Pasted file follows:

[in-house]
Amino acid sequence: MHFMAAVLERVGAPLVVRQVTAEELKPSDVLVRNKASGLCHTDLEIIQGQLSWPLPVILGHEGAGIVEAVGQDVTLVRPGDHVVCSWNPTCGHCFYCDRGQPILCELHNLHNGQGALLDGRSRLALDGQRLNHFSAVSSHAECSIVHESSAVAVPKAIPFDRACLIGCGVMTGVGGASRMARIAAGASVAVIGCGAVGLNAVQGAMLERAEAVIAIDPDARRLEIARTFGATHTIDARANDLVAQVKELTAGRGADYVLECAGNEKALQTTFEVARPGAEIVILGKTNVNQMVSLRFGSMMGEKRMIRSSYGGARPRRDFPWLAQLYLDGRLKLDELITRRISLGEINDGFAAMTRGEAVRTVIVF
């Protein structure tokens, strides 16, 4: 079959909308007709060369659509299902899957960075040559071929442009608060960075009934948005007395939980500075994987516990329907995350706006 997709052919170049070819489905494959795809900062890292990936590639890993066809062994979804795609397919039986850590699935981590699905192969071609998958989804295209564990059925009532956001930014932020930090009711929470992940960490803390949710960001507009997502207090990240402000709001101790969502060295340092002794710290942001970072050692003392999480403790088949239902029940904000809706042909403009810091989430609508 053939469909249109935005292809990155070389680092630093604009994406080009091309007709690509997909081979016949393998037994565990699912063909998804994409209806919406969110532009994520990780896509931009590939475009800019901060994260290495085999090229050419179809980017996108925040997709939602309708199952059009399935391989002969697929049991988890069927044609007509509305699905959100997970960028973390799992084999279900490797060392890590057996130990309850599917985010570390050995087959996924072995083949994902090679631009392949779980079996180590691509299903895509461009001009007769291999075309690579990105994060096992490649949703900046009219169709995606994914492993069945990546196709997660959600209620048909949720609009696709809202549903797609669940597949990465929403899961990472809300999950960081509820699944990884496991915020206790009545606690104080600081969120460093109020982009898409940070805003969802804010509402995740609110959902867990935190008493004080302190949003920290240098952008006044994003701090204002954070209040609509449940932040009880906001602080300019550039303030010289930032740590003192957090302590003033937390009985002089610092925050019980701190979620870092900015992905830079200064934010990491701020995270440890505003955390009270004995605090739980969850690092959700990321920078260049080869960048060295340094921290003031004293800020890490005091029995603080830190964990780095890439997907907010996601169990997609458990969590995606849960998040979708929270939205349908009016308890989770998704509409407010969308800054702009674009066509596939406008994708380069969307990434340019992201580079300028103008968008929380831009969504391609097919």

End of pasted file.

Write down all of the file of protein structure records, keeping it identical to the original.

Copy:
[in-house]
Amino acid sequence: MHFMAAVLERVGAPLVVRQVTAEELKPSDVLVRNKASGLCHTDLEIIQGQLSWPLPVILGHEGAGIVEAVGQDVTLVRPGDHVVCSWNPTCGHCFYCDRGQPILCELHNLHNGQGALLDGRSRLALDGQRLNHFSAVSSHAECSIVHESSAVAVPKAIPFDRACLIGCGVMTGVGGASRMARIAAGASVAVIGCGAVGLNAVQGAMLERAEAVIAIDPDARRLEIARTFGATHTIDARANDLVAQVKELTAGRGADYVLECAGNEKALQTTFEVARPGAEIVILGKTNVNQMVSLRFGSMMGEKRMIRSSYGGARPRRDFPWLAQLYLDGRLKLDELITRRISLGEINDGFAAMTRGEAVRTVIVF
């Protein structure tokens, strides 16, 4: 079959909308007709060369659509299902899957960075040559071929442009608060960075009934948005007395939980500075994987516990329907995350706006 997709052919170049070819489905494959795809900062890292990936590639890993066809062994979804795609397919039986850590699935981590699905192969071609998958989804295209564990059925009532956001930014932020930090009711929470992940960490803390949710960001507009997502207090990240402000709001101790969502060295340092002794710290942001970072050692003392999480403790088949239902029940904000809706042909403009810091989430609508 053939469909249109935005292809990155070389680092630093604009994406080009091309007709690509997909081979016949393998037994565990699912063909998804994409209806919406969110532009994520990780896509931009590939475009800019901060994260290495085999090229050419179809980017996108925040997709939602309708199952059009399935391989002969697929049991988890069927044609007509509305699905959100997970960028973390799992084999279900490797060392890590057996130990309850599917985010570390050995087959996924072995083949994902090679631009392949779980079996180590691509299903895509461009001009007769291999075309690579990105994060096992490649949703900046009219169709995606994914492993069945990546196709997660959600209620048909949720609009696709809202549903797609669940597949990465929403899961990472809300999950960081509820699944990884496991915020206790009545606690104080600081969120460093109020982009898409940070805003969802804010509402995740609110959902867990935190008493004080302190949003920290240098952008006044994003701090204002954070209040609509449940932040009880906001602080300019550039303030010289930032740590003192957090302590003033937390009985002089610092925050019980701190979620870092900015992905830079200064934010990491701020995270440890505003955390009270004995605090739980969850690092959700990321920078260049080869960048060295340094921290003031004293800020890490005091029995603080830190964990780095890439997907907010996601169990997609458990969590995606849960998040979708929270939205349908009016308890989770998704509409407010969308800054702009674009066509596939406008994708380069969307990434340019992201580079300028103008968008929380831009969504391609097919």